It’s been seven years since Harry Styles began his musical career as one-fifth of One Direction. On May 12, 2017, his self-titled album proved to fans everywhere that his solo career is going to be one to watch (or listen to). Coming from someone who fell off the One Direction bandwagon before their second album even hit the radio waves, I was beyond pleasantly surprised with Harry’s self-titled album.
Being in a boy band can feel restricting to an artist — especially when their main demographic is teenage girls. Not only does the band have to keep a certain sound throughout their career, but they may also have to work with those who have creative differences. However, with Harry’s album release, it’s apparent that his true sound is something One Direction never allowed him to experiment with. Harry is well on his way to becoming a global rock star.
The most important first step to his global domination was that he did not piss off the Directioners by leaving the band early. *cough cough*. Having an entire group of millennials excited for your success is a huge stepping stone to building a solo career. Back that up with killer talent that was unable to shine while tucked behind four other boys and you have a recipe for success.
Have you seen his carpool karaoke with James Corden? If the answer is no then I highly recommend taking 13 minutes out of your day to witness the perfection that is two British dudes quoting “Notting Hill.” The last time he was in James Cordon’s SUV for Late, Late Night, he was squished in the middle back seat. This time in the passenger seat, Harry let loose his killer vocals while simultaneously making me fall back in love with his personality.
Personality is often overlooked when you think of the making of a rockstar. Having talent is the first step in the right direction, but personality influences who wants you on their television programs, who will interview you, which events you’re invited to, and overall fan appeal. Without an entourage of four, Harry has been able to show the public that his wit and humor stand out just as much as his suits.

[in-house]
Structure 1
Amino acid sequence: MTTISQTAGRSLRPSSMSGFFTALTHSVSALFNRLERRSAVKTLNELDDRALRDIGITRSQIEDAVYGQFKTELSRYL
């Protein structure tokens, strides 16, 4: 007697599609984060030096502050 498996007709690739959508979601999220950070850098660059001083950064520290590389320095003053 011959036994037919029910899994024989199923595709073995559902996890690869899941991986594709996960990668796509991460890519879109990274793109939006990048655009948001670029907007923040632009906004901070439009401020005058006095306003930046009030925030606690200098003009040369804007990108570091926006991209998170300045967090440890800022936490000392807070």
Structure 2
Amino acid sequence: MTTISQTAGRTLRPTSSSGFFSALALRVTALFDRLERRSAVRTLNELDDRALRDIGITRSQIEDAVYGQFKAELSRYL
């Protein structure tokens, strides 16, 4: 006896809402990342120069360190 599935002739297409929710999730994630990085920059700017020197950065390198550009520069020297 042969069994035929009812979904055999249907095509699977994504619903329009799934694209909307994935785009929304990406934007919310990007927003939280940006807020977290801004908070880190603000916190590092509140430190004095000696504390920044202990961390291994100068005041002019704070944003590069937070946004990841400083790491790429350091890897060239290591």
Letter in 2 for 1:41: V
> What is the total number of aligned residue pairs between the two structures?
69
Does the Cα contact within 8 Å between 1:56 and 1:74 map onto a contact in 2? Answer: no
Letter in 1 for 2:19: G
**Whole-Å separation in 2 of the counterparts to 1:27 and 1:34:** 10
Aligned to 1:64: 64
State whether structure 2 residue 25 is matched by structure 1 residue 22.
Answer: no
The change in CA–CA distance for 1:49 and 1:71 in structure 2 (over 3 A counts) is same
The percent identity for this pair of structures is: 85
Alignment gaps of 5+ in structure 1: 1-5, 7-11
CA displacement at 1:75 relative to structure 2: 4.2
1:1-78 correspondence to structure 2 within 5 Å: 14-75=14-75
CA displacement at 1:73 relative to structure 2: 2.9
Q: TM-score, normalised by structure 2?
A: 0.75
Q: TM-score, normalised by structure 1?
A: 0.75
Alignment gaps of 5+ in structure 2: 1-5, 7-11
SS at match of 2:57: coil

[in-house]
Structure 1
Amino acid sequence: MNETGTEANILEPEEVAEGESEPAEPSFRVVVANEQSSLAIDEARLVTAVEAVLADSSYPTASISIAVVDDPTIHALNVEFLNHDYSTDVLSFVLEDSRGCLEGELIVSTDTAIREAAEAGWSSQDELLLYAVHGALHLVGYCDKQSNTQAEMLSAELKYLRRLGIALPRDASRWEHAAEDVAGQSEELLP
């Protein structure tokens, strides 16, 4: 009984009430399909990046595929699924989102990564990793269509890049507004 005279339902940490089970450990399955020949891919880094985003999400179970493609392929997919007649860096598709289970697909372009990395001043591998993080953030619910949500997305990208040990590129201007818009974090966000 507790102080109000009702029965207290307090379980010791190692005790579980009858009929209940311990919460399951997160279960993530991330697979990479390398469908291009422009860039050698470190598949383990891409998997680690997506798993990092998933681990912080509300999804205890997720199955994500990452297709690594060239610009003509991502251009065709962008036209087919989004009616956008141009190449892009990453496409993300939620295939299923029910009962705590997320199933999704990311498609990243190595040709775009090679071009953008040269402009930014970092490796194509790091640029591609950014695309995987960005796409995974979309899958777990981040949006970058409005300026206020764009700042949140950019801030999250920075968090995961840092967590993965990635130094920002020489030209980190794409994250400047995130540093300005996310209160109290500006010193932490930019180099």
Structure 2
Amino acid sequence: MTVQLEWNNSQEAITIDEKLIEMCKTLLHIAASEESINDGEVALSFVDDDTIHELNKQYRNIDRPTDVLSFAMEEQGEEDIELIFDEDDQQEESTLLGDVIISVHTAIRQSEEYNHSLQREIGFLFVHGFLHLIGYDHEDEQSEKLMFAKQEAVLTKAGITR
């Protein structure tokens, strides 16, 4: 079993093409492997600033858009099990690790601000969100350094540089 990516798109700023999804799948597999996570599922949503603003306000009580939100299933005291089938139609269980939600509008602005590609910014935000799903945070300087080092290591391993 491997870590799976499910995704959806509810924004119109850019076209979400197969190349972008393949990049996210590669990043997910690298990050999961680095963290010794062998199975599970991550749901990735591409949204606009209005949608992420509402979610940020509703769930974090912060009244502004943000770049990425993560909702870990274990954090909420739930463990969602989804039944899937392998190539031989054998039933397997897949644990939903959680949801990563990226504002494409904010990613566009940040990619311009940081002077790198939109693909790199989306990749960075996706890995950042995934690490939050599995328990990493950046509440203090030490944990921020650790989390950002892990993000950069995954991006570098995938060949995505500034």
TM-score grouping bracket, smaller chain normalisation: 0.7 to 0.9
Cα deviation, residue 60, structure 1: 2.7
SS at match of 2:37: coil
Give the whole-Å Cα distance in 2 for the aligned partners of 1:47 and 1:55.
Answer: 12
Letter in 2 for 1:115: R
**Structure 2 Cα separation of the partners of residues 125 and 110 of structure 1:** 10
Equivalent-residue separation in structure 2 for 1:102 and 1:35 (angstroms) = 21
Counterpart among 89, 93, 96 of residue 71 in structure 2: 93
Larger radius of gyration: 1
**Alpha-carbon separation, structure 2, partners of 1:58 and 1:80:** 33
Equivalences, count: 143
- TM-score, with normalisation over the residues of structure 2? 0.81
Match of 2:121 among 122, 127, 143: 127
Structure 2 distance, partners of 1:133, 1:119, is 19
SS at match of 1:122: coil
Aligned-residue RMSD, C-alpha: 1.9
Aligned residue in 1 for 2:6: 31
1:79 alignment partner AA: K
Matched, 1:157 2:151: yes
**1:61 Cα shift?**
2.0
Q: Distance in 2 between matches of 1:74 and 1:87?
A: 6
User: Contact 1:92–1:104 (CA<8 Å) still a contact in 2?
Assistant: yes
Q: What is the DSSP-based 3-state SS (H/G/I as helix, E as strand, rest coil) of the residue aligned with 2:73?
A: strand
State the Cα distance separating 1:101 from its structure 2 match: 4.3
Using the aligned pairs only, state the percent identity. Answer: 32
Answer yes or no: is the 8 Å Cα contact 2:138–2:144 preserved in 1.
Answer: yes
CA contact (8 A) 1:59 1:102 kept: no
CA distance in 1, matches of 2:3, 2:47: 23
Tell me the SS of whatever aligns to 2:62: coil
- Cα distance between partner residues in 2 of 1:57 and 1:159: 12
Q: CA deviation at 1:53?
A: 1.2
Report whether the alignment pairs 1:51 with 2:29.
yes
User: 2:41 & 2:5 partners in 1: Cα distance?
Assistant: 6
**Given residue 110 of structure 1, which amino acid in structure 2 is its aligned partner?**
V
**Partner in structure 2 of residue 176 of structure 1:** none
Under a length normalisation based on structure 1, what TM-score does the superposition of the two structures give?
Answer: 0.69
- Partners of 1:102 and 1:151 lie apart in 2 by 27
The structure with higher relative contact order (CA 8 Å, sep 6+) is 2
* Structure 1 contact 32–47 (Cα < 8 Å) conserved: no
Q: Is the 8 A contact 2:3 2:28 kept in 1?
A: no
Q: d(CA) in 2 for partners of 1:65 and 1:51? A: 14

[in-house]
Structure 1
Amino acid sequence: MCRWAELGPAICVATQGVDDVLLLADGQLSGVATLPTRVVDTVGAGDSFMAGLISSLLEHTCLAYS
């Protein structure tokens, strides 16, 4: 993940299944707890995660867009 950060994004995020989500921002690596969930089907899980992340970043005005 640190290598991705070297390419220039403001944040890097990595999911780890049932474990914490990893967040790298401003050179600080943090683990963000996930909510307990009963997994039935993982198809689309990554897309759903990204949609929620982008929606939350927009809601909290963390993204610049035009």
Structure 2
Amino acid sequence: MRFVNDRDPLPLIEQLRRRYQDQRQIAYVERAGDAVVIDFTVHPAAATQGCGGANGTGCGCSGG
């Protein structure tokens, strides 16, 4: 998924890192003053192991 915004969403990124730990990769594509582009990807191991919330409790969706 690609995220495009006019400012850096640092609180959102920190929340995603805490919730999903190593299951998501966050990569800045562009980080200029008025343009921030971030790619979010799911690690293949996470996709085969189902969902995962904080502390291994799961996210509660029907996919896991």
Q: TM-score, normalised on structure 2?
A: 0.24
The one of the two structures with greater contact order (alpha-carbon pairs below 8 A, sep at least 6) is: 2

His band mates have all seemed to follow the mainstream pop genre, which is totally fine, but it’s a breath of fresh air to hear a musically mature Styles. His musical ability and creativity have shone through in this album in ways his former band mates haven’t been able to replicate. The numbers don’t lie, either. If Harry continues to rack in the revenue he has accumulated over the past several weeks, he is on his way to having the largest debut sales in the UK for a male artist since 1991.
With week-long stints at late shows, on the brink of breaking records, a coveted spot on the cover of Rolling Stone, and glorious locks of chestnut hair, Harry Styles is not only outshining his former band mates, but also killing the solo game. Did he have a secret meeting with Justin Timberlake for tips on how to transition from boy band stardom to international rock star? I think yes.
Reviews have dubbed him as everything from the new Mick Jagger to a remake of Bob Dylan to today’s Prince. I’m not sure that being dubbed a “remake” legend is what Harry was shooting for, though. If he truly looks up to those artists, which I believe he does, I think he acknowledges that their ability to be uniquely their own is what made them legends. Album standouts Only Angel and Kiwi are the tip of the iceberg for this teen pop prince to transition into a full-fledged rock star — minus the drug usage, I hope. Harry is well on his way to figuring out his sound and blowing our minds. I’m already keen to hear what he has in store for us next.